A small group of chemists at the Russian Academy of Sciences has discovered that catalysts used in fine organic synthesis rely heavily on metal atoms rather than nanoparticles. In the study, which was published in the Journal of the American Chemical Society, the team tracked a region of a catalyst during a reaction using a variety of electron microscopy techniques to learn more about the process.
There are two primary approaches to studying a reaction, as previous research has demonstrated. The most fundamental is the first: the reaction is simply observed and/or measured as new ingredients are added. The use of high-speed cameras can make this easier. Nanoscale reactions, of course, will not benefit from this strategy. In such instances, chemists employ a second strategy: they endeavor to catch the condition of the multitude of parts when the response occurs and afterward contrast them with looking further into what occurred.
However, there is no way to demonstrate that the studied objects correspond to one another, so this second method fails miserably. Lately, scientists have been dealing with another methodology: following the activity of a solitary molecule during the response. This new method has been shown to be useful, but it also has some drawbacks: it can’t be used for reactions that happen in the nanoworld. The researchers combined machine-learning algorithms with a variety of electron microscopy techniques in this new endeavor.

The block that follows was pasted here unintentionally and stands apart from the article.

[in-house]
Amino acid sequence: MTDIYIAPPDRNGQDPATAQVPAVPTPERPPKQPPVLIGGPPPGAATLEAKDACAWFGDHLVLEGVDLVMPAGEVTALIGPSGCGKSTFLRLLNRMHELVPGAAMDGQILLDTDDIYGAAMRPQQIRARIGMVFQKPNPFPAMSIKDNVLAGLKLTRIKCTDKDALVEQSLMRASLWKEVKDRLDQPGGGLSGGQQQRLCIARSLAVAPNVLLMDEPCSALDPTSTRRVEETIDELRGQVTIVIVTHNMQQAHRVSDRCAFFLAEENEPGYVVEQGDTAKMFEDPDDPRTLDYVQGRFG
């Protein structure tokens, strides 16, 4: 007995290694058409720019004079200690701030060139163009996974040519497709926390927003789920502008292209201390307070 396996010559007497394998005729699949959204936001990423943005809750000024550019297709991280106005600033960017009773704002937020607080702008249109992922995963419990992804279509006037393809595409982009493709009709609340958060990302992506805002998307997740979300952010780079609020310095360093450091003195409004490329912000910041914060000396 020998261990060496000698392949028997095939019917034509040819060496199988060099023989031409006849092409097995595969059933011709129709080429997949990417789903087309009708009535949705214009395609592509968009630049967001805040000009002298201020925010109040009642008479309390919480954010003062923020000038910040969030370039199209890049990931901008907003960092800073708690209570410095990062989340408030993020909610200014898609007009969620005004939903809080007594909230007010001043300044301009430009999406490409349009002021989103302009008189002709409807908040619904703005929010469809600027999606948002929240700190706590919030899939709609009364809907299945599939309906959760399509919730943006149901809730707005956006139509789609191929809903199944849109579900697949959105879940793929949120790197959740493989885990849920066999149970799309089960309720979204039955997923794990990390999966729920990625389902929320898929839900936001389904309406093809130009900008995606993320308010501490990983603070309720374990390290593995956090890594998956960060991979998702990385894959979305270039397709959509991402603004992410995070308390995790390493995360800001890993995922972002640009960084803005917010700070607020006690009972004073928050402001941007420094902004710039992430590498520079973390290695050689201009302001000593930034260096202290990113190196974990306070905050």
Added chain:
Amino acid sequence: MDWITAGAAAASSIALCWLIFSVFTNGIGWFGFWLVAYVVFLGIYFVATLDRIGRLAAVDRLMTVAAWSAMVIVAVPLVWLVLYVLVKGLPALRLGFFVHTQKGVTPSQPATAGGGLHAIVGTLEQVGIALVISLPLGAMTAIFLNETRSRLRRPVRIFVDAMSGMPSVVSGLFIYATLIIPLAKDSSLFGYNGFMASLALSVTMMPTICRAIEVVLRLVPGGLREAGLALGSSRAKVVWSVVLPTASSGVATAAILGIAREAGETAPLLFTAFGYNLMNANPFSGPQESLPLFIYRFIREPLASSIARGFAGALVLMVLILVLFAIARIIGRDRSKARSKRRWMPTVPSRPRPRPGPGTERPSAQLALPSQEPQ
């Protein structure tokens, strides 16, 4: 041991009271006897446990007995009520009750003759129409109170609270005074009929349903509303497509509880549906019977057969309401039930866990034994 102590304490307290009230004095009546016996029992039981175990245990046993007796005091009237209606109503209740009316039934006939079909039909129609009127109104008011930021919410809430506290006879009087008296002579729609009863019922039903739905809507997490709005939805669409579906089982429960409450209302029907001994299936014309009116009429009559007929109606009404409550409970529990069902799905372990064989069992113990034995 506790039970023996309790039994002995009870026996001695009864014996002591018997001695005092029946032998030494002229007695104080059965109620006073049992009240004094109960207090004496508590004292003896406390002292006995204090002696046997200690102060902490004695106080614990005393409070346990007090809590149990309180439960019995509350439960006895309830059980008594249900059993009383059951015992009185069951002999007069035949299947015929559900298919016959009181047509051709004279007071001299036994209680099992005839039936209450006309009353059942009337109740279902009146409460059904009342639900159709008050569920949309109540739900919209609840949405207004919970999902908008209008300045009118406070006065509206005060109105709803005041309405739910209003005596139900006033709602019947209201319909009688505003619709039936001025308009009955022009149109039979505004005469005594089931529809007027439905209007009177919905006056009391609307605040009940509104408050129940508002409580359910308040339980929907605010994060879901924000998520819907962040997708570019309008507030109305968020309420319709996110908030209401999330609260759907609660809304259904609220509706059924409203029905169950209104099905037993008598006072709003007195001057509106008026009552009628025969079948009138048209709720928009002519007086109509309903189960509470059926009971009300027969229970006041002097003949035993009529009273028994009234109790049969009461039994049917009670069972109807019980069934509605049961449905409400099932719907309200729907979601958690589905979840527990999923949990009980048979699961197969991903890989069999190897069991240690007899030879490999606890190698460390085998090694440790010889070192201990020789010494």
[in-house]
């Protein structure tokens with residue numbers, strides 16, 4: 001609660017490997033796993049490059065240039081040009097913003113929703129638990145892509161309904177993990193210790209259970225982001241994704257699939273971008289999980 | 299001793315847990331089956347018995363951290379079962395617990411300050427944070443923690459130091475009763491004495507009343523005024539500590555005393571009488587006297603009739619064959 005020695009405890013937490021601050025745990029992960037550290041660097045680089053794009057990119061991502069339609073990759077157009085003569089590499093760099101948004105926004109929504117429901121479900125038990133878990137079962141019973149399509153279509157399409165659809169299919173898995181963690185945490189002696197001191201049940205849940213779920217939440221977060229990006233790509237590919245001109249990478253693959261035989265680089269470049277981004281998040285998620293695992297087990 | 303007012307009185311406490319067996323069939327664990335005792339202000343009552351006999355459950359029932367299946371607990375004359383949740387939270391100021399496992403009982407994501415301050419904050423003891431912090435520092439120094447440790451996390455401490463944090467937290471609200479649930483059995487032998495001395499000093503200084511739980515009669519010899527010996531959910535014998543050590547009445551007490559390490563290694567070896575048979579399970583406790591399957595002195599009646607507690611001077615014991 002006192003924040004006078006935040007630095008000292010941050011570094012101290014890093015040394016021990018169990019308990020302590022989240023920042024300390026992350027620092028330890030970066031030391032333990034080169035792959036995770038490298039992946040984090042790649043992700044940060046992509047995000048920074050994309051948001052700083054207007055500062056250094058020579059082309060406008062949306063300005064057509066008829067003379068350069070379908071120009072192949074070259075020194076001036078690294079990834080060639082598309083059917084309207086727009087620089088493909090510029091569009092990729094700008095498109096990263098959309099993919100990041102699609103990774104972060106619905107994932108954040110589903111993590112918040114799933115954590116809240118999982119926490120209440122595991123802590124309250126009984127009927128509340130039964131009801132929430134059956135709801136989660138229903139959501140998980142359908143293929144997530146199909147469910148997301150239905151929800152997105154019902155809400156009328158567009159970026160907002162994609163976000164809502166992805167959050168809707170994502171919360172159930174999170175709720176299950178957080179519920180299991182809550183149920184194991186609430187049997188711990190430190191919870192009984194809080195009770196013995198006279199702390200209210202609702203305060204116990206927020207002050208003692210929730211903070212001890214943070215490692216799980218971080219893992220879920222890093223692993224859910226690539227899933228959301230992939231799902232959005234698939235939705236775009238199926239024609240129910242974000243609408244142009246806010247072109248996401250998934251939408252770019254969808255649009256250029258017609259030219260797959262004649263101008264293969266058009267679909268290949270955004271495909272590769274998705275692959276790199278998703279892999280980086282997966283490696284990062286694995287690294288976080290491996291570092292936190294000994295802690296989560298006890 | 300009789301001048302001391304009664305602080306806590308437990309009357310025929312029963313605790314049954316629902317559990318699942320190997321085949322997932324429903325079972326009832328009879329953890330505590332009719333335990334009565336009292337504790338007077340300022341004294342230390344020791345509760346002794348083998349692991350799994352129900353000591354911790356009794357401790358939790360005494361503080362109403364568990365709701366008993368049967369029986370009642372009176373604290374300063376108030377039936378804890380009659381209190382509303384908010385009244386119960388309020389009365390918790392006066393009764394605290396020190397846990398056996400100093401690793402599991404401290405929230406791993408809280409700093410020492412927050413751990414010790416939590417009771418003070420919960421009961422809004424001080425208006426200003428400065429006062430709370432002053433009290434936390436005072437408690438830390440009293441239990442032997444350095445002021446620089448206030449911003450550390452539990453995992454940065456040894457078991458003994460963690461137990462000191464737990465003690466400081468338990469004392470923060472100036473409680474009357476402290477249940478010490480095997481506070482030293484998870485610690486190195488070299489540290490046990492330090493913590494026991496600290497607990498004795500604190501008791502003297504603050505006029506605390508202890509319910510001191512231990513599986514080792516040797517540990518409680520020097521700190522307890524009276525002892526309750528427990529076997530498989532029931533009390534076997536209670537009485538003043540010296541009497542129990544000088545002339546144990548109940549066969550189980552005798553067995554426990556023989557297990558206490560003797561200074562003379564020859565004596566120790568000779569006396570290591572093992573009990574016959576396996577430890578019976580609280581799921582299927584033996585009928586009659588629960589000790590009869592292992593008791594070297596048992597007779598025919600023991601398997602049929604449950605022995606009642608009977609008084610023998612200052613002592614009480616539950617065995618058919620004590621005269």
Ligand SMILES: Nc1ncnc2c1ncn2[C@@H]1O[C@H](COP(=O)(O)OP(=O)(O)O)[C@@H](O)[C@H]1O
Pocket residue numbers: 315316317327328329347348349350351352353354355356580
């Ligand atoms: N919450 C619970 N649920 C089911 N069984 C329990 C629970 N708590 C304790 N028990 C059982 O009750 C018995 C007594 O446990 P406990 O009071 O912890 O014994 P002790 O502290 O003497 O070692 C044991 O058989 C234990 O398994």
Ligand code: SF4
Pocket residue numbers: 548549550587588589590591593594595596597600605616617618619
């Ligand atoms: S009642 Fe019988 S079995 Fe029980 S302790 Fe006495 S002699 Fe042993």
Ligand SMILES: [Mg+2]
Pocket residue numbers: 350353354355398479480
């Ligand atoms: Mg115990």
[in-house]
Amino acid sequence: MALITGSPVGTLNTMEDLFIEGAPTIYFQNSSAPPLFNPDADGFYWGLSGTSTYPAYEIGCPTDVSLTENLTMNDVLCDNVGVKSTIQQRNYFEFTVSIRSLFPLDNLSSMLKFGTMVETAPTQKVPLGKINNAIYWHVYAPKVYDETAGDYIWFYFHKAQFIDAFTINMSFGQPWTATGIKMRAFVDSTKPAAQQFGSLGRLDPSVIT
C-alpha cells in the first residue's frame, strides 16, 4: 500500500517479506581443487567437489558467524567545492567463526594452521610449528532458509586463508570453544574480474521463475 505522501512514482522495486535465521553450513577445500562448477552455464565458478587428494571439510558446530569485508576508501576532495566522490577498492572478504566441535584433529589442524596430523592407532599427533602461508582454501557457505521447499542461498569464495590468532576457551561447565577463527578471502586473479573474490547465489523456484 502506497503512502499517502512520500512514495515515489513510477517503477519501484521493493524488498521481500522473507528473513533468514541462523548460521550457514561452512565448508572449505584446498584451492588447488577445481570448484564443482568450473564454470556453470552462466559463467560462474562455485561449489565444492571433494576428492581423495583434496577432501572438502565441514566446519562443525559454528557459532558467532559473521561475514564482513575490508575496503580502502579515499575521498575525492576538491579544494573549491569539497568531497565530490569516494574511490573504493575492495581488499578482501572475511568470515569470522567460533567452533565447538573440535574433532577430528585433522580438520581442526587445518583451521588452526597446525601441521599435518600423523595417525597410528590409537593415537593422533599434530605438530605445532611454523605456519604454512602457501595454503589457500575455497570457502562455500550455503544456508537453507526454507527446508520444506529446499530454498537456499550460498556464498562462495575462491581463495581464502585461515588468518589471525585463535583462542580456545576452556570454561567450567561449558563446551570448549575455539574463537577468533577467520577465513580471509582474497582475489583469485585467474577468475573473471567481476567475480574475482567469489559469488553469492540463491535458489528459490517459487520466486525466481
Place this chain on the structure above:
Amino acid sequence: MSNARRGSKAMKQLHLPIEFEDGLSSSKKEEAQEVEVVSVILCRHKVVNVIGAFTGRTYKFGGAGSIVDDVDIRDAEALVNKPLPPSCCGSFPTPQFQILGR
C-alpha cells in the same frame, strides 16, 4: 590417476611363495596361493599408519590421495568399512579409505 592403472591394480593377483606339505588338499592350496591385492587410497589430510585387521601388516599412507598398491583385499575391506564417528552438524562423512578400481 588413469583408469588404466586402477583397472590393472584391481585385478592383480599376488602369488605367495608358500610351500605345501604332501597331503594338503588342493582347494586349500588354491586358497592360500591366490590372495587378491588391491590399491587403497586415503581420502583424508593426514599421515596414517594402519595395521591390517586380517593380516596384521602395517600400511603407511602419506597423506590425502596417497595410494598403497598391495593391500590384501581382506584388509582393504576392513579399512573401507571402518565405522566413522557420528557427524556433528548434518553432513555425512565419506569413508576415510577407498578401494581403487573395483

The researchers used a carbon substrate with palladium nanoparticles embedded as catalysts to test their theories. They were able to follow a portion of the catalyst as it progressed through a reaction by employing a variety of electron microscopes to examine the reactions that were carried out with this catalyst and then using the results to train a machine learning algorithm. In addition to the nanoparticles, they could see that there were clusters and individual metal atoms involved in the reaction. Even though nanoparticles only make up 1% of the palladium’s mass, subsequent research revealed that the palladium atoms were responsible for approximately 99% of the catalytic activity.
More information: Alexey S. Galushko et al, Time-Resolved Formation and Operation Maps of Pd Catalysts Suggest a Key Role of Single Atom Centers in Cross-Coupling, Journal of the American Chemical Society (2023). DOI: 10.1021/jacs.3c00645